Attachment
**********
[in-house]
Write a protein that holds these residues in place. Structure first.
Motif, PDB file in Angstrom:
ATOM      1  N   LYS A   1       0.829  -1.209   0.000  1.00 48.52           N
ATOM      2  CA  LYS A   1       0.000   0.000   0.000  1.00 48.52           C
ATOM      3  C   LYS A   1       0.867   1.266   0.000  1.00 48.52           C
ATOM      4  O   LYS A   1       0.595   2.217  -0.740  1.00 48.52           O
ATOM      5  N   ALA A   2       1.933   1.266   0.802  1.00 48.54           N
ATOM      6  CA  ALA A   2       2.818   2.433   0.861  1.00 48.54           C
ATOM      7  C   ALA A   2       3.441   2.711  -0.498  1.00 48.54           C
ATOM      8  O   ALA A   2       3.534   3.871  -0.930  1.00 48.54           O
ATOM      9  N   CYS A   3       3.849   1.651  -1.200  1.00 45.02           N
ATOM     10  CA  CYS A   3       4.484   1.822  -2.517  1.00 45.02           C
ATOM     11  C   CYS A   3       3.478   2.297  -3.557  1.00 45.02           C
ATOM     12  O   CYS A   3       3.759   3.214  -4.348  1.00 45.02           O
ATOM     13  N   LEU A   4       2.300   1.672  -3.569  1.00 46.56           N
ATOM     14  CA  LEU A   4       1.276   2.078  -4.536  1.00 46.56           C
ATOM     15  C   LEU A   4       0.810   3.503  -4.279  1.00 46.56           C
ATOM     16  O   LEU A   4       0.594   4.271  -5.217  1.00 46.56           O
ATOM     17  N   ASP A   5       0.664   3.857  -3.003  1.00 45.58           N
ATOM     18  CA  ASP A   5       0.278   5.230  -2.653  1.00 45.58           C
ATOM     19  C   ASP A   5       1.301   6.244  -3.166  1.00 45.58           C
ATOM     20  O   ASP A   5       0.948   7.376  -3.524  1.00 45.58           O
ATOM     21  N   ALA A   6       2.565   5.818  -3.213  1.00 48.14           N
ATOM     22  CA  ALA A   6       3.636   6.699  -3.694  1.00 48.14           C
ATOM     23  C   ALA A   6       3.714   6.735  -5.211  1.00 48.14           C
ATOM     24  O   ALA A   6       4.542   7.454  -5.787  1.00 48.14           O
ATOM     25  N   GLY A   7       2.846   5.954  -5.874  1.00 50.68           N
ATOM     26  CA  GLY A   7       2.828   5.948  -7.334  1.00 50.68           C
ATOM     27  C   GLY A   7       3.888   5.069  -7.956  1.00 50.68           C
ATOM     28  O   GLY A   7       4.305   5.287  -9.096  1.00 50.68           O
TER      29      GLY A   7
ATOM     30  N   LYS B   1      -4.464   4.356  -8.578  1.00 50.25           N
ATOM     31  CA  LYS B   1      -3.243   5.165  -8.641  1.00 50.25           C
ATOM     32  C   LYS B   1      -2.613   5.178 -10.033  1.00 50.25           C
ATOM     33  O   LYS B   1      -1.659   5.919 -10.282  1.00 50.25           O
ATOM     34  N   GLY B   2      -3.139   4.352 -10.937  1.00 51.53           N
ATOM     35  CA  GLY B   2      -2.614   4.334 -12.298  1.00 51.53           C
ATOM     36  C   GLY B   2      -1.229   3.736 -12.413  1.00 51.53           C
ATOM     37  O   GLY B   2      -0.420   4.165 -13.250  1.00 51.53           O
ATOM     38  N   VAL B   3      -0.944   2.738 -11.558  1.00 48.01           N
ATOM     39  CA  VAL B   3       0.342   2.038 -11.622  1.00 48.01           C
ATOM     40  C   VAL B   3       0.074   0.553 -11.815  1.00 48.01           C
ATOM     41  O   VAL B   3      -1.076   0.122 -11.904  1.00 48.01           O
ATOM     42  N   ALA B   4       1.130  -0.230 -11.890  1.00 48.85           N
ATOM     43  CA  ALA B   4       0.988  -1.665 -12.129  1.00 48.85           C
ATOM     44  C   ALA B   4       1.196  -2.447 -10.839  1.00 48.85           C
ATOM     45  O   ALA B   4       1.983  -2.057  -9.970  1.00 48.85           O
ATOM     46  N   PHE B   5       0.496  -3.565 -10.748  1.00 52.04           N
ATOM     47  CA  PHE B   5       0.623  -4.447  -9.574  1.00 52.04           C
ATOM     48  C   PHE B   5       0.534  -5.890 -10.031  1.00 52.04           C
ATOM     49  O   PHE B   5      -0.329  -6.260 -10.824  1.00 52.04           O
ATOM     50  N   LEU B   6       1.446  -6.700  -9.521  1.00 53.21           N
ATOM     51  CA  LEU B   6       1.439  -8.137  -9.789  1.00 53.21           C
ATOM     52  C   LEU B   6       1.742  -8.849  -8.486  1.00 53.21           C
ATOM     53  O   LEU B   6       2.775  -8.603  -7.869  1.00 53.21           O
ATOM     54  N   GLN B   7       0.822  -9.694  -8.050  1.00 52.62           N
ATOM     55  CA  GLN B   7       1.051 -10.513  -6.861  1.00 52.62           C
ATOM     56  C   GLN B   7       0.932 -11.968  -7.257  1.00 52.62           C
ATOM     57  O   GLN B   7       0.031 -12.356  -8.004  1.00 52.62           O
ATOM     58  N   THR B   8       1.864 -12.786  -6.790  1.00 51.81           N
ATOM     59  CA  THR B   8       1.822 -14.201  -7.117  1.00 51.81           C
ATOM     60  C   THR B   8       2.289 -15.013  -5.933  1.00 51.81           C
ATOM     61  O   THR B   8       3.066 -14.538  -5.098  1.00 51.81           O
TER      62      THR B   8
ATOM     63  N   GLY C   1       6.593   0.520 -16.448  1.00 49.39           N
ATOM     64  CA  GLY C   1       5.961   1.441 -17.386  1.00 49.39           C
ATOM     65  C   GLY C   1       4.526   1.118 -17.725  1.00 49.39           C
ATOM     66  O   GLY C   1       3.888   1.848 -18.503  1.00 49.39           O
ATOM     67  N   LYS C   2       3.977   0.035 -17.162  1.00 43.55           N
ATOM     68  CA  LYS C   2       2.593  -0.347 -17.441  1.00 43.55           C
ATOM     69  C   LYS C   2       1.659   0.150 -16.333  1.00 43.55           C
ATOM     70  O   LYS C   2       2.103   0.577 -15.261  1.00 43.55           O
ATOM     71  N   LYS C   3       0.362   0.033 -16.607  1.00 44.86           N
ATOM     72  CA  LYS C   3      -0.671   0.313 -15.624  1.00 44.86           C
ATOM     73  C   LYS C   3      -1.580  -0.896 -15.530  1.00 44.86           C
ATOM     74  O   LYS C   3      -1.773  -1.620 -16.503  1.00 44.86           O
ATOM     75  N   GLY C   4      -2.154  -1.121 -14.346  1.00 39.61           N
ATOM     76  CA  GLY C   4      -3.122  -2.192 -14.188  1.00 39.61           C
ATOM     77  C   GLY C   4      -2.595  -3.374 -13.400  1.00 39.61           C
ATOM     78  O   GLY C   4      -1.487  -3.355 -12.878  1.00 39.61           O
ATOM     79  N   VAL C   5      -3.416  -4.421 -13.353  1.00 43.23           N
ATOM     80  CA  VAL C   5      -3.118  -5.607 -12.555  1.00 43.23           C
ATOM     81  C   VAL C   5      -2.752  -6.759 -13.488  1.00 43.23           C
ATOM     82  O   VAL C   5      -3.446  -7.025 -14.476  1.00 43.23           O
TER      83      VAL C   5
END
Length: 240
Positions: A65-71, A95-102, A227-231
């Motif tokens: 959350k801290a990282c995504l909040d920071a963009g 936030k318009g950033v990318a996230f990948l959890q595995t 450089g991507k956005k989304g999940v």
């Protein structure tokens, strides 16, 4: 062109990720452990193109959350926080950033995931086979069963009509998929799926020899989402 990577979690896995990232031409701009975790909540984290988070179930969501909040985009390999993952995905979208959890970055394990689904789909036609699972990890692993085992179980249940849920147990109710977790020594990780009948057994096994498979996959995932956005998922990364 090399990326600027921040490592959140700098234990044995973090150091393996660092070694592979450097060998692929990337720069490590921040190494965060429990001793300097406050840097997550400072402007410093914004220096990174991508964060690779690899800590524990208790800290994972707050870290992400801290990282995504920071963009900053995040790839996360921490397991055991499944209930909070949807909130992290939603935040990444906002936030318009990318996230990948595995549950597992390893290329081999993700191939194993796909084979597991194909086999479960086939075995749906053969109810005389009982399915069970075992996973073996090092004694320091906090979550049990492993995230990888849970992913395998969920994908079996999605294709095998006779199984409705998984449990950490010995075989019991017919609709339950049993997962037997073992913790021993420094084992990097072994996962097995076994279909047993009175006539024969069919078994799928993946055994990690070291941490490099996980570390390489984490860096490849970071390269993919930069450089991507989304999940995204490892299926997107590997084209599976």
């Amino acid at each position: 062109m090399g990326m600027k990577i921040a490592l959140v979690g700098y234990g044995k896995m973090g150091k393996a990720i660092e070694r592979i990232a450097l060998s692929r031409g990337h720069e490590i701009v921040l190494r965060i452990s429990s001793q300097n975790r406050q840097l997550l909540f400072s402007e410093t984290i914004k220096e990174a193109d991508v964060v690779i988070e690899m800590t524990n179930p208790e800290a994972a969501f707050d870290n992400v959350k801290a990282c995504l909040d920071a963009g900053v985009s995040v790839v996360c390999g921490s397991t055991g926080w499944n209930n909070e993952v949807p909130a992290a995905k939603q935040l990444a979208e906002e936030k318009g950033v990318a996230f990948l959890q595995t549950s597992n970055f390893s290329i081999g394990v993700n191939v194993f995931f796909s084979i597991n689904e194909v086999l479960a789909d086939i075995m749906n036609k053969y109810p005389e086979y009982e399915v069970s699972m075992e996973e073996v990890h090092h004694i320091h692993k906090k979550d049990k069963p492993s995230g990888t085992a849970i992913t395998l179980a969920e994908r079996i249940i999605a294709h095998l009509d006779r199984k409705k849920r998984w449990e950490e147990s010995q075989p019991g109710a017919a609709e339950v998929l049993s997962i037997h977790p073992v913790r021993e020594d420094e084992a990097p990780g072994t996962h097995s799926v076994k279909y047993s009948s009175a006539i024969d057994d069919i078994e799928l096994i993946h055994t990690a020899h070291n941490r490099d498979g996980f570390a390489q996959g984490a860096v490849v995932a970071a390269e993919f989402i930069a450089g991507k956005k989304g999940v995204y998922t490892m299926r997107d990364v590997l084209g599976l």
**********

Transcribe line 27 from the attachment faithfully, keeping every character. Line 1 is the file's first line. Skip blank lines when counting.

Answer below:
ATOM     24  O   ALA A   6       4.542   7.454  -5.787  1.00 48.14           O